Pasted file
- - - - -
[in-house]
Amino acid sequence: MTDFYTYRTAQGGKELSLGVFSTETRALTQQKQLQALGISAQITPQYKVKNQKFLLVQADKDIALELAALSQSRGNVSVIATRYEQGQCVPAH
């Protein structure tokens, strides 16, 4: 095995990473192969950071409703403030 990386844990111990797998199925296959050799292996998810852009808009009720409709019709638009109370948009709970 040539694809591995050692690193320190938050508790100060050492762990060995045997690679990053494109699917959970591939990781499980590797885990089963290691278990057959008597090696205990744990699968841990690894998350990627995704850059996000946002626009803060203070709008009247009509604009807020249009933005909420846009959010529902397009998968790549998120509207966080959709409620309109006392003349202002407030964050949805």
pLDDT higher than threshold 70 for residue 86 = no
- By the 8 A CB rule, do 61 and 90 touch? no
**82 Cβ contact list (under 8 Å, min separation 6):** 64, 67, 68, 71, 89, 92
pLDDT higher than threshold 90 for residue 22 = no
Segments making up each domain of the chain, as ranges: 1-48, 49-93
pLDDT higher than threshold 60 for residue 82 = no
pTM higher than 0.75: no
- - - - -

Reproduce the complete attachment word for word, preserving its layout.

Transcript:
[in-house]
Amino acid sequence: MTDFYTYRTAQGGKELSLGVFSTETRALTQQKQLQALGISAQITPQYKVKNQKFLLVQADKDIALELAALSQSRGNVSVIATRYEQGQCVPAH
């Protein structure tokens, strides 16, 4: 095995990473192969950071409703403030 990386844990111990797998199925296959050799292996998810852009808009009720409709019709638009109370948009709970 040539694809591995050692690193320190938050508790100060050492762990060995045997690679990053494109699917959970591939990781499980590797885990089963290691278990057959008597090696205990744990699968841990690894998350990627995704850059996000946002626009803060203070709008009247009509604009807020249009933005909420846009959010529902397009998968790549998120509207966080959709409620309109006392003349202002407030964050949805």
pLDDT higher than threshold 70 for residue 86 = no
- By the 8 A CB rule, do 61 and 90 touch? no
**82 Cβ contact list (under 8 Å, min separation 6):** 64, 67, 68, 71, 89, 92
pLDDT higher than threshold 90 for residue 22 = no
Segments making up each domain of the chain, as ranges: 1-48, 49-93
pLDDT higher than threshold 60 for residue 82 = no
pTM higher than 0.75: no